By SELINA WILLIAMS
LONDON -- Norway's Petroleum Safety Authority (PSA) has
ordered BP to implement immediate measures to comply with fire-
and explosion-prevention requirements at its Ula P oil platform
following an oil and gas leak in September at the North Sea
BP's safety record globally remains under scrutiny more than
two years after the Deepwater Horizon disaster, when a rig
leased by BP exploded in the US Gulf of Mexico, killing 11 and
leading to the worst offshore oil spill in US history.
The order from Norway's PSA comes as BP said Nov. 15 that it
had agreed to accept criminal responsibility in the US for
the Deepwater Horizon disaster and pay $4.5 billion in fines
In the order, Norway's PSA said that fire protection for the
main substructure and process equipment on the Ula P processing
platform were inadequate and passive fire protection needed to
Such protection would slow a fire from spreading and protect
the steel structure of the platform from deformation, the PSA
said in a statement issued late Monday.
The PSA also said that walls between the processing modules
on the platform, where hydrocarbons are separated into oil, gas
and water, don't have sufficient protection from explosion and
need to be strengthened.
BP has until Dec. 31, 2012, to comply with the PSA's
BP said it is working on a plan on the short-term,
medium-term and long-term actions to resolve the shortfalls.
The short-term actions, which include reducing areas for hot
work such as welding and improving protection of valves in the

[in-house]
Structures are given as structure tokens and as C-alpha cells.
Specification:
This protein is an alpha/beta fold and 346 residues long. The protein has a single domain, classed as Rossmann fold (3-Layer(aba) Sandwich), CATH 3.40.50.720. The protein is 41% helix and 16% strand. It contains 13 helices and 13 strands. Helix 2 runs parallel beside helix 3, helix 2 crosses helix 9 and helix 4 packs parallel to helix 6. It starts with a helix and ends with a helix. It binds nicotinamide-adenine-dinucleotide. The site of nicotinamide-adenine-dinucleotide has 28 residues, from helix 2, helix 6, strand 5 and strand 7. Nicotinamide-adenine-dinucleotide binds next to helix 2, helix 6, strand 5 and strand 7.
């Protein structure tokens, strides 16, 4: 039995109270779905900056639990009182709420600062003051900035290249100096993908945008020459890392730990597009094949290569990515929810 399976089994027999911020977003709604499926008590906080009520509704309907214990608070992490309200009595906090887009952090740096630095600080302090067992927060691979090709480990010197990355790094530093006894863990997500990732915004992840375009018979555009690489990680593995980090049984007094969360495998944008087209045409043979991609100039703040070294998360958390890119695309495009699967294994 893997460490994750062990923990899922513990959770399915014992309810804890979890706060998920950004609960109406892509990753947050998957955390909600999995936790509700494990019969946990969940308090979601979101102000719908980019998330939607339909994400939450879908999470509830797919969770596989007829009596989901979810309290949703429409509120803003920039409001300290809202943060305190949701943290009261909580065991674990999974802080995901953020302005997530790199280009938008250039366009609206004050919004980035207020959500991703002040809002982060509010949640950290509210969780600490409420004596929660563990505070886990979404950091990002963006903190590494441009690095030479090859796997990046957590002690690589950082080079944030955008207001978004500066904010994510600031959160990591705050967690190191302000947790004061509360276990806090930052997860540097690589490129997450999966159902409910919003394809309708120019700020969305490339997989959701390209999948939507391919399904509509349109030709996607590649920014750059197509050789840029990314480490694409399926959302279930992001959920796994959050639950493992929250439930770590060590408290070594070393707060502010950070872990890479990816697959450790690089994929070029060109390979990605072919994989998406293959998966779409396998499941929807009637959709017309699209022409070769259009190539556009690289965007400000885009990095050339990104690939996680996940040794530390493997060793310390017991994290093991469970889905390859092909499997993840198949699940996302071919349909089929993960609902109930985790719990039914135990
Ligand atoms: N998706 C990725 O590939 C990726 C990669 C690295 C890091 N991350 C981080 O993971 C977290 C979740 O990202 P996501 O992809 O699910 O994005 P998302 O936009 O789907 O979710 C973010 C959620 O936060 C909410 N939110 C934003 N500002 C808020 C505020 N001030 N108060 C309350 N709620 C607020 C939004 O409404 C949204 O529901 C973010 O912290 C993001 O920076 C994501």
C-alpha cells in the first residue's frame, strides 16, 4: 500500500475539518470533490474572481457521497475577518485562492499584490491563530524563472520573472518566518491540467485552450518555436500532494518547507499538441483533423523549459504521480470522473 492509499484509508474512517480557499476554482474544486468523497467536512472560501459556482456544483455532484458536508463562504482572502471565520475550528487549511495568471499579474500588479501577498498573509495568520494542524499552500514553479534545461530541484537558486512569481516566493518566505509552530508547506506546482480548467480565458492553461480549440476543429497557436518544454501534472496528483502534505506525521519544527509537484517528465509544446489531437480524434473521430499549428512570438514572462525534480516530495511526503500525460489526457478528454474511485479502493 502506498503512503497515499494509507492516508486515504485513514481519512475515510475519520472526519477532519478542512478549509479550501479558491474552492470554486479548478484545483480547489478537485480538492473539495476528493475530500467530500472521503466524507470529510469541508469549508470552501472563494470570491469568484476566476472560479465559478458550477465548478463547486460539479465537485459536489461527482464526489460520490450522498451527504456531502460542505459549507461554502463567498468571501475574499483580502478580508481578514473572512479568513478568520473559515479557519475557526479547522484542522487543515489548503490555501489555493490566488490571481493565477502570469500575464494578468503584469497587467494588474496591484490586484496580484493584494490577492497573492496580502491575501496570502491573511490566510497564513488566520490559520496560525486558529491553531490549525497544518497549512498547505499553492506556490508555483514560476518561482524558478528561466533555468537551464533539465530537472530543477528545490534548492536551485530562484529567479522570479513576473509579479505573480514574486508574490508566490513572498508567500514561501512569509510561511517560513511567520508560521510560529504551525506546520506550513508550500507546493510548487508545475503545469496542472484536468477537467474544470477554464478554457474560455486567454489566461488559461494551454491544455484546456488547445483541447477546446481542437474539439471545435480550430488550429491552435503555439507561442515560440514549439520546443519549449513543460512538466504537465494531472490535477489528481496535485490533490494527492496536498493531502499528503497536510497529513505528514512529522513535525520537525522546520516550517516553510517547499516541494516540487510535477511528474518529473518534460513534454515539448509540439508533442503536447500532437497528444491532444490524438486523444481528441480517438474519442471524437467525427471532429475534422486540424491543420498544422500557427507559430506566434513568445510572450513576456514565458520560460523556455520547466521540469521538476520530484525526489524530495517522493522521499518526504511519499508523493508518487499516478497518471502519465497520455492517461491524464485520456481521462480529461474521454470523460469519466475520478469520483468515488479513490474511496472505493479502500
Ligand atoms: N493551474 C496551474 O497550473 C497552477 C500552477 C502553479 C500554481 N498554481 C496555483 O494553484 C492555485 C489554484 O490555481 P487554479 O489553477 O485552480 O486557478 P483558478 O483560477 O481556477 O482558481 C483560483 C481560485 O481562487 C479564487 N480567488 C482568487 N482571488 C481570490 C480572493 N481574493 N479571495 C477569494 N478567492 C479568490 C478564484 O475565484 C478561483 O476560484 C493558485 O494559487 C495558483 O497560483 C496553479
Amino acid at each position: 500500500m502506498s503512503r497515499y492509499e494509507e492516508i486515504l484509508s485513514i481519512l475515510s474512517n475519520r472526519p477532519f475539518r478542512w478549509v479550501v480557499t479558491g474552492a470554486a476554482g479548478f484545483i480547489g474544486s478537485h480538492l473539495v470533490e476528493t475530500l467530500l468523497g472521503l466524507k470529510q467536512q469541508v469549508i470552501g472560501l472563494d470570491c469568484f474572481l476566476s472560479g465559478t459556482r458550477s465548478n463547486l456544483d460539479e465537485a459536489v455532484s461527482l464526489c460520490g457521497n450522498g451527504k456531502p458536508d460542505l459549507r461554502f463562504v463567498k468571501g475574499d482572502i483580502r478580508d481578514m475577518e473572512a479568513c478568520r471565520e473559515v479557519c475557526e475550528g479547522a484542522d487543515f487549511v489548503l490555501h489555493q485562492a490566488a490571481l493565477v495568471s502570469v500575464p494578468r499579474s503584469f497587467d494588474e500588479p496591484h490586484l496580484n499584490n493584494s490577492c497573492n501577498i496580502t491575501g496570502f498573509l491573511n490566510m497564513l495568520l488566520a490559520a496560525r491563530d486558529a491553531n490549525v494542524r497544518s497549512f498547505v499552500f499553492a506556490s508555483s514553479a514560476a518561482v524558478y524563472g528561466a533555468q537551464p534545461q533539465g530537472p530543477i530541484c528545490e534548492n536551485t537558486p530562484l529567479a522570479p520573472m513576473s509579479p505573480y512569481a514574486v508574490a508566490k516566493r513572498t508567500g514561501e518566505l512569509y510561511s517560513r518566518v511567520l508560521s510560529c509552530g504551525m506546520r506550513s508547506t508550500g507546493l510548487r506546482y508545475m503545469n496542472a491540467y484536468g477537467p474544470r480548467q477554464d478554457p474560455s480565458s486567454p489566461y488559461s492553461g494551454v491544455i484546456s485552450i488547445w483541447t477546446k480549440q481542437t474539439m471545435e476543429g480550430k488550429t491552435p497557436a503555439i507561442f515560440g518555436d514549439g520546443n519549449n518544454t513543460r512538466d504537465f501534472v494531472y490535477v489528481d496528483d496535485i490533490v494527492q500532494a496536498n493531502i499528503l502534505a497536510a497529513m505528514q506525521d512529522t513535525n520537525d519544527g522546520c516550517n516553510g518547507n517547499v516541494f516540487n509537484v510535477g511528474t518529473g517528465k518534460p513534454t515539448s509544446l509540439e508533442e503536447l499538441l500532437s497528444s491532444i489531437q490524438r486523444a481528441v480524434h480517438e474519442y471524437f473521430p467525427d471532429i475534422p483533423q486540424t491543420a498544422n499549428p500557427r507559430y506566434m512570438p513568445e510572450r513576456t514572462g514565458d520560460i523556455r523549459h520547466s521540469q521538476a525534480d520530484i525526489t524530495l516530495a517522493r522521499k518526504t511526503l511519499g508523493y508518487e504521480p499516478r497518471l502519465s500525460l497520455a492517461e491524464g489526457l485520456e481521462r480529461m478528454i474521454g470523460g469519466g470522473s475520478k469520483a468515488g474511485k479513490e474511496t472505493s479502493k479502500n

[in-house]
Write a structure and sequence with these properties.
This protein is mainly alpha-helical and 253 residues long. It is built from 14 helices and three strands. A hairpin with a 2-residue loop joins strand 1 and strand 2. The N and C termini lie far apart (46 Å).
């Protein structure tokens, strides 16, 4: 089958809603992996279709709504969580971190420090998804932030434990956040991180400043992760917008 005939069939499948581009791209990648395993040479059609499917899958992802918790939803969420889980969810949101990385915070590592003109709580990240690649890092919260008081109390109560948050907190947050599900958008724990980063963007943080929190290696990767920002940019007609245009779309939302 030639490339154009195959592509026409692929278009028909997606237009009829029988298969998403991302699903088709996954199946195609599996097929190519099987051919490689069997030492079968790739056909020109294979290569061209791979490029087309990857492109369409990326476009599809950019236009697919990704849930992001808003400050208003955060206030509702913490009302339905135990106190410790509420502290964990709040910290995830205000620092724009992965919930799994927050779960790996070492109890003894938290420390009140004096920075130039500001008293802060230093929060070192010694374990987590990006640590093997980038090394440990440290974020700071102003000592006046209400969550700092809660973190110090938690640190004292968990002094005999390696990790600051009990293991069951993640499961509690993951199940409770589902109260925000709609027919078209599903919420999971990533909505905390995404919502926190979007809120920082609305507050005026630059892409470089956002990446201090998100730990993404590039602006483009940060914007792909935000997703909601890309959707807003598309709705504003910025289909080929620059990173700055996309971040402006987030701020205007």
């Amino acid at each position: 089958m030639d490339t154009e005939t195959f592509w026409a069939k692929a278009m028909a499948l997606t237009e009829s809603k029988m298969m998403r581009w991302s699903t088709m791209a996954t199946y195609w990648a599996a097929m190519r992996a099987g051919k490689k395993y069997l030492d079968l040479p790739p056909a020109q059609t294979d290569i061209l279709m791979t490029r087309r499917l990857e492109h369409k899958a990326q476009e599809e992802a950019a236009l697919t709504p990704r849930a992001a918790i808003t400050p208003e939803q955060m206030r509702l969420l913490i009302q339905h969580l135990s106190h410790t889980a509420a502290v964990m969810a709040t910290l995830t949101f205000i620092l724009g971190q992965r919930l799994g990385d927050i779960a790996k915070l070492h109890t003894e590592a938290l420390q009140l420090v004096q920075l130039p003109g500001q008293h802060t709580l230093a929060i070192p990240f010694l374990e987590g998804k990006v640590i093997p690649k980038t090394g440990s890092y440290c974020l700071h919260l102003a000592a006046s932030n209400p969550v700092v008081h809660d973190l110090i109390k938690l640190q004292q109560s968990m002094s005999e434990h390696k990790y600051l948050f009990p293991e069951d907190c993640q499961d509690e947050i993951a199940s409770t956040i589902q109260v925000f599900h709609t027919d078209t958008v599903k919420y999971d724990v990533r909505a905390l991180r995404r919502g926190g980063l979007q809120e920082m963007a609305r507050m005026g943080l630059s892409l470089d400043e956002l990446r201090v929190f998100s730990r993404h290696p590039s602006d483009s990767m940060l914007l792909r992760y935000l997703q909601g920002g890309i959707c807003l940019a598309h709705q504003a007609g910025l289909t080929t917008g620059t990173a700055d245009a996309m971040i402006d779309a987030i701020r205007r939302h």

process plant with passive fire protection, would be
implemented within the deadline.
"Some actions will be of longer term as these involve new
fire and explosion studies. We will in accordance with best
practice execute these and implement measures required to
comply with the notification," BP said in a statement.
On Sept. 18, BP said a leak had forced it to shut down the
platform in the southern sector of the North Sea earlier that
month. BP restarted production at Ula on Nov. 17.
At the time, the PSA said the hydrocarbon leak from the platform Sept.
12 was "substantial" and described the episode as having
"substantial potential." Nobody was injured in the
BP maintains it is placing safety at the heart of its global
operations, shutting down platforms around the world for safety
checks and extensive maintenance. Incidents like Ula risk
undermining the company's claims on safety standards.
Earlier this year, BP halted output at its Foinaven Field in
the North Sea after a leak was discovered in an underwater
connecting pipeline. Last year, a fire at the Valhall
production platform, also in the North Sea, led to a production
shutdown at the field for more than two months.
Dow Jones Newswires